In December last year, the NGT had declared the cave shrine as a "silence zone" and prohibited chanting of mantras and jayakaras beyond the entry point.
Following protests over the restriction at the cave shrine in south Kashmir, the NGT had immediately clarified that the "silence zone" rule would apply only to the area around the ice stalagmite that resembles the Shiva Linga.
The Amarnath Shrine Board had challenged the NGT order in the Supreme Court, arguing that the green court cannot pass orders on the Amarnath shrine while hearing the Vaishno Devi case, which the NGT had taken up suo motu.
The NGT based its "silence zone" order on scientific grounds that maintaining silence at the holy location would help in preventing avalanches and maintaining its pristine nature.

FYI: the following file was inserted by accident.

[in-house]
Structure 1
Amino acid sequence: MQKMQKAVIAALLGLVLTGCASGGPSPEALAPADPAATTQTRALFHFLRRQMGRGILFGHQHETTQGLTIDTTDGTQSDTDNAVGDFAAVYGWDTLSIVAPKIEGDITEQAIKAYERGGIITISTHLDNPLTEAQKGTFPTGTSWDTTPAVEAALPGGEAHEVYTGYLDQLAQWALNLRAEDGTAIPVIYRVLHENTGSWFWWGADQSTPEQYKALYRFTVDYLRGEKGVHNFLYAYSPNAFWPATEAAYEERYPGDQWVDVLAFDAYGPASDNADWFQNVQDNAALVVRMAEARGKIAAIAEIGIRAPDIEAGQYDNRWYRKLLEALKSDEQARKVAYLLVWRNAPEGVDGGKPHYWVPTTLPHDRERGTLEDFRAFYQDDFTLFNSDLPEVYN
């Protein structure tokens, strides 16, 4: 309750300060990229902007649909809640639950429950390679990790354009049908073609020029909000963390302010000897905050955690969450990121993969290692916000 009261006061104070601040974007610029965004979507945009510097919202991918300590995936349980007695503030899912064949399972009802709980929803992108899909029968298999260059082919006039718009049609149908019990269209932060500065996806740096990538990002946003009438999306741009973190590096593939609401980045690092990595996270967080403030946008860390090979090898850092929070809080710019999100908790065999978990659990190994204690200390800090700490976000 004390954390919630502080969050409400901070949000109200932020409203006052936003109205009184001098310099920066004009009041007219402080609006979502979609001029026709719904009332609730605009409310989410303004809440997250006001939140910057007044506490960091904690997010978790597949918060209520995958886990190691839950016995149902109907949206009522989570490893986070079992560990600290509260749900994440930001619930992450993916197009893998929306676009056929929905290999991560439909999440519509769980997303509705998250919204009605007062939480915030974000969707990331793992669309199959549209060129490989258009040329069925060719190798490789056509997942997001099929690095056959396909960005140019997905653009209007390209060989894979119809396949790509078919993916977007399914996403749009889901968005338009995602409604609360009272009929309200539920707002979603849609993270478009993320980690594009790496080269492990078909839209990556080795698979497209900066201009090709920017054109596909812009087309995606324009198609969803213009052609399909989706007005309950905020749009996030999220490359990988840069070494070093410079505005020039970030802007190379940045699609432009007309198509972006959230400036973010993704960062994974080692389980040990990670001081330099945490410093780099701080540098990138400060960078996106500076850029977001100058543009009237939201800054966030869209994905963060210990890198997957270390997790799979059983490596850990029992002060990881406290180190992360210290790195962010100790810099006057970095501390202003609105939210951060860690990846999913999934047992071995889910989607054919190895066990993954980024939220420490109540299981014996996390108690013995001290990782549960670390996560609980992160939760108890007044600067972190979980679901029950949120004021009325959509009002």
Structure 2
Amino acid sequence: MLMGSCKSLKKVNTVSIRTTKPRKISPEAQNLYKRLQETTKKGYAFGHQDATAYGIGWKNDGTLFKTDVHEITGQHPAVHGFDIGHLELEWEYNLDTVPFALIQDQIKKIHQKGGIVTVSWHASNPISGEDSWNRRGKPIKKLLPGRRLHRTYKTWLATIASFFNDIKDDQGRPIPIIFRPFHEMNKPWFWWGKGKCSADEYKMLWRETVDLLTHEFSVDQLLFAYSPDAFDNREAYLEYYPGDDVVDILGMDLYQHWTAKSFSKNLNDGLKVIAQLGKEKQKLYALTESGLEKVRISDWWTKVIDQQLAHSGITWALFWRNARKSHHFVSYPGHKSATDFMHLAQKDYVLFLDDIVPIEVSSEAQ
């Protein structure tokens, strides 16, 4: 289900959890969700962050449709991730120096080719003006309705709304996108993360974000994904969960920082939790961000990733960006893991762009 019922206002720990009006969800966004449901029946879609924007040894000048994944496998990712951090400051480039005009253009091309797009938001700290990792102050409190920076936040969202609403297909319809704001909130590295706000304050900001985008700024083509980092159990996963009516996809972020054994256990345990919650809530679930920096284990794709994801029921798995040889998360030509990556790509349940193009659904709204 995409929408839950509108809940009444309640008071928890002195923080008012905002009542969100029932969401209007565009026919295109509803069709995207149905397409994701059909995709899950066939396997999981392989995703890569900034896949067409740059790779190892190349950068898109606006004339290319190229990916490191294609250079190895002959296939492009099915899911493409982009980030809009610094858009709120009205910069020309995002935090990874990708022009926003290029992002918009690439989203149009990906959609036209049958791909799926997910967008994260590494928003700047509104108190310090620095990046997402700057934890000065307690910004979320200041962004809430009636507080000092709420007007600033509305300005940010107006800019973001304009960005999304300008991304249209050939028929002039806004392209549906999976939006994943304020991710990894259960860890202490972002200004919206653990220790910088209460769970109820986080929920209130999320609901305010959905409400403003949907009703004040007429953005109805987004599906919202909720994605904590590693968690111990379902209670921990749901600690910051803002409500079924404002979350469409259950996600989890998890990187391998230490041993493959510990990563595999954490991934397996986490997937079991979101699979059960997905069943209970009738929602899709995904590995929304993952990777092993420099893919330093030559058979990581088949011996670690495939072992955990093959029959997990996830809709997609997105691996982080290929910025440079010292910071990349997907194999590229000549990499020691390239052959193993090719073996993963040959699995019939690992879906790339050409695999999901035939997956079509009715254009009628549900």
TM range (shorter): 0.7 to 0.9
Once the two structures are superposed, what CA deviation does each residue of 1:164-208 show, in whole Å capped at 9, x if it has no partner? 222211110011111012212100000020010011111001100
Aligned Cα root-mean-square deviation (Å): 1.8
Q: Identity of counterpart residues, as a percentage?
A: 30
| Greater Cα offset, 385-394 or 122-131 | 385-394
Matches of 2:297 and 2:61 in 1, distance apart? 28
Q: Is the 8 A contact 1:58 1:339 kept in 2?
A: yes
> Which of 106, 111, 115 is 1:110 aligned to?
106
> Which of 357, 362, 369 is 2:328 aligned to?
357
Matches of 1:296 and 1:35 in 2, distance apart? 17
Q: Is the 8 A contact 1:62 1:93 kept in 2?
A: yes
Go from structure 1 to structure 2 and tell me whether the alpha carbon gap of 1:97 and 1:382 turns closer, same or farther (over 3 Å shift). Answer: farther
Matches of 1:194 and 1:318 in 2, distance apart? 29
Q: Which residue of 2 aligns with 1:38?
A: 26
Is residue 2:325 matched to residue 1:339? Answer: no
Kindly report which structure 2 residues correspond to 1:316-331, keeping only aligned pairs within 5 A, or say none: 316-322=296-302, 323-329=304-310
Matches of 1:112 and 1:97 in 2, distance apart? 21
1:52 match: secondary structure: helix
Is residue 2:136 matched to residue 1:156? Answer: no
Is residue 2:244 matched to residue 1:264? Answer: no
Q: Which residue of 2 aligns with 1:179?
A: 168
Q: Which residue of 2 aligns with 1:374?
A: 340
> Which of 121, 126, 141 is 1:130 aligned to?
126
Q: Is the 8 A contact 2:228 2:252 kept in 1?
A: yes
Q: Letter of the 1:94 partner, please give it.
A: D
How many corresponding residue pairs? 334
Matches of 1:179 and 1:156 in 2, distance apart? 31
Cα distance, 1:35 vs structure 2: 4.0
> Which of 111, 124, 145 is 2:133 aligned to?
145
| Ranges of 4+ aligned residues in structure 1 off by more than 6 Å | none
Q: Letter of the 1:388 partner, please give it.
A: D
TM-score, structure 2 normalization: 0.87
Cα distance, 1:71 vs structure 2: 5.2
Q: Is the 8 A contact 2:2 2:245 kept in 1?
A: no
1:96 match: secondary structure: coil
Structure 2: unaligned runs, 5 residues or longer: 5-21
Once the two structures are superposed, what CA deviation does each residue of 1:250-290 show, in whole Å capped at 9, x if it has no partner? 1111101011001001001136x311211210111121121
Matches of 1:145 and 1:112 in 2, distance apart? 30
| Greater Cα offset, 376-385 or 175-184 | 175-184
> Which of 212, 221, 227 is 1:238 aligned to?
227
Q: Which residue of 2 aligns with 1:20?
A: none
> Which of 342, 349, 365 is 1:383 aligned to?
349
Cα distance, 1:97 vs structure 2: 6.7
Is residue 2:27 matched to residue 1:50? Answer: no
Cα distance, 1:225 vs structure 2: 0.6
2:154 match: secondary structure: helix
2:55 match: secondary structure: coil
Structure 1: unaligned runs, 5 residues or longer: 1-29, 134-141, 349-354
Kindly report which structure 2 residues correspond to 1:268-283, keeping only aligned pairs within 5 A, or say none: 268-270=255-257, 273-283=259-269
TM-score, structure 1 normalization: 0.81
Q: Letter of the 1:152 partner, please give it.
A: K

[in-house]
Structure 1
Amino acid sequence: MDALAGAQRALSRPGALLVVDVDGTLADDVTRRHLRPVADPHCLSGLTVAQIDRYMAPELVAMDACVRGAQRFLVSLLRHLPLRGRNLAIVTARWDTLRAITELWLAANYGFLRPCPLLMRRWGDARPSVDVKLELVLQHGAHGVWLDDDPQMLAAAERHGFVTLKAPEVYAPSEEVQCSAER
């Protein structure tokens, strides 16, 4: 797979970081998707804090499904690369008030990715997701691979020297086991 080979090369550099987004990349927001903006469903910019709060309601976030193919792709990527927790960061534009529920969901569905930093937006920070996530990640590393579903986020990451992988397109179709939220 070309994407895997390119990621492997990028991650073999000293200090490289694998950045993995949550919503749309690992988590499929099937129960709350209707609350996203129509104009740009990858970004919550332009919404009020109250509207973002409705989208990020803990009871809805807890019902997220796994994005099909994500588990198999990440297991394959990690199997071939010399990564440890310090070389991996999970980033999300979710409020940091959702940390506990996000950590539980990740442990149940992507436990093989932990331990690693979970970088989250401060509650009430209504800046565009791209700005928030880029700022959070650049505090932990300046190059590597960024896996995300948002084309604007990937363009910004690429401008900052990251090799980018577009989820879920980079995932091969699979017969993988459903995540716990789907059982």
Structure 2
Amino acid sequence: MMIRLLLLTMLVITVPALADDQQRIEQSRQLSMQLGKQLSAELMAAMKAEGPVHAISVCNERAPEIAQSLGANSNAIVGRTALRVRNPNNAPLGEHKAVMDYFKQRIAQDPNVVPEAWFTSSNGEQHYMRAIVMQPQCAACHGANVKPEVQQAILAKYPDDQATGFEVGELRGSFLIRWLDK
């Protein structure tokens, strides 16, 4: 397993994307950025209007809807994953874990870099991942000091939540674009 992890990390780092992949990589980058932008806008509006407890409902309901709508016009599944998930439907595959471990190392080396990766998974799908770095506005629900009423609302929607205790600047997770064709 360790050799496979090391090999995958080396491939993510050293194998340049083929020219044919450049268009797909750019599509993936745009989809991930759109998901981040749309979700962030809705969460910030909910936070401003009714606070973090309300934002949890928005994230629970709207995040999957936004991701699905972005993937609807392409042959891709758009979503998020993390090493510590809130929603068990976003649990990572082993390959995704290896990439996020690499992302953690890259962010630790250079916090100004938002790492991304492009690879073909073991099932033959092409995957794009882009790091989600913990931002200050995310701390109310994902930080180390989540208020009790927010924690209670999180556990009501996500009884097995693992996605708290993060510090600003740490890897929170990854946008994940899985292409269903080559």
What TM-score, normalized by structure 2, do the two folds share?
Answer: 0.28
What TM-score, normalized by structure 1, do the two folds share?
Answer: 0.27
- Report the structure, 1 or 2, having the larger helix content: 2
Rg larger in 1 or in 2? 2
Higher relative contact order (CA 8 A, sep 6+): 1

It called for removing iron grills in front of the Shiva Linga so that visitors could have a better view of the structure, apart from asking for a reduction of noise around the structure.
Even as the decision triggered protests last year, environment activist Gauri Maulekhi, on whose plea the NGT directions were passed, had termed it "good and progressive".
"The Amarnath cave is located in a delicate ecosystem. The directions would make the Amarnath Yatra safe and convenient for the devotees. This would protect the shrine from degradation and ensure it is protected for the coming generations," Ms Maulekhi was quoted as saying by news agency Press Trust of India.